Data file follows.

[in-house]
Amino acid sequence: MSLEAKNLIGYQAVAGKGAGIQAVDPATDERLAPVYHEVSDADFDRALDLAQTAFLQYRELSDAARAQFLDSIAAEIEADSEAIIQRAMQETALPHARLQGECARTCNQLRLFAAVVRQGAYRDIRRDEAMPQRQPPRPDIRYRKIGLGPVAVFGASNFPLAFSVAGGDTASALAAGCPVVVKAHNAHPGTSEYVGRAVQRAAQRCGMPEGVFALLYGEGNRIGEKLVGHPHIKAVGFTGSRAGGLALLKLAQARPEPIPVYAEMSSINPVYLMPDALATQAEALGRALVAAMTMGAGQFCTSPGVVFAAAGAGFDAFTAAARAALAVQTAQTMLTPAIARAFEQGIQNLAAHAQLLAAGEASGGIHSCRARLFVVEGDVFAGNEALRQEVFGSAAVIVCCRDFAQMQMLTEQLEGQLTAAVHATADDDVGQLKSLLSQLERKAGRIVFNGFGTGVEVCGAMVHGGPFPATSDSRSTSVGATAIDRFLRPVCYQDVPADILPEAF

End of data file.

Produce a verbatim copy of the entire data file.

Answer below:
[in-house]
Amino acid sequence: MSLEAKNLIGYQAVAGKGAGIQAVDPATDERLAPVYHEVSDADFDRALDLAQTAFLQYRELSDAARAQFLDSIAAEIEADSEAIIQRAMQETALPHARLQGECARTCNQLRLFAAVVRQGAYRDIRRDEAMPQRQPPRPDIRYRKIGLGPVAVFGASNFPLAFSVAGGDTASALAAGCPVVVKAHNAHPGTSEYVGRAVQRAAQRCGMPEGVFALLYGEGNRIGEKLVGHPHIKAVGFTGSRAGGLALLKLAQARPEPIPVYAEMSSINPVYLMPDALATQAEALGRALVAAMTMGAGQFCTSPGVVFAAAGAGFDAFTAAARAALAVQTAQTMLTPAIARAFEQGIQNLAAHAQLLAAGEASGGIHSCRARLFVVEGDVFAGNEALRQEVFGSAAVIVCCRDFAQMQMLTEQLEGQLTAAVHATADDDVGQLKSLLSQLERKAGRIVFNGFGTGVEVCGAMVHGGPFPATSDSRSTSVGATAIDRFLRPVCYQDVPADILPEAF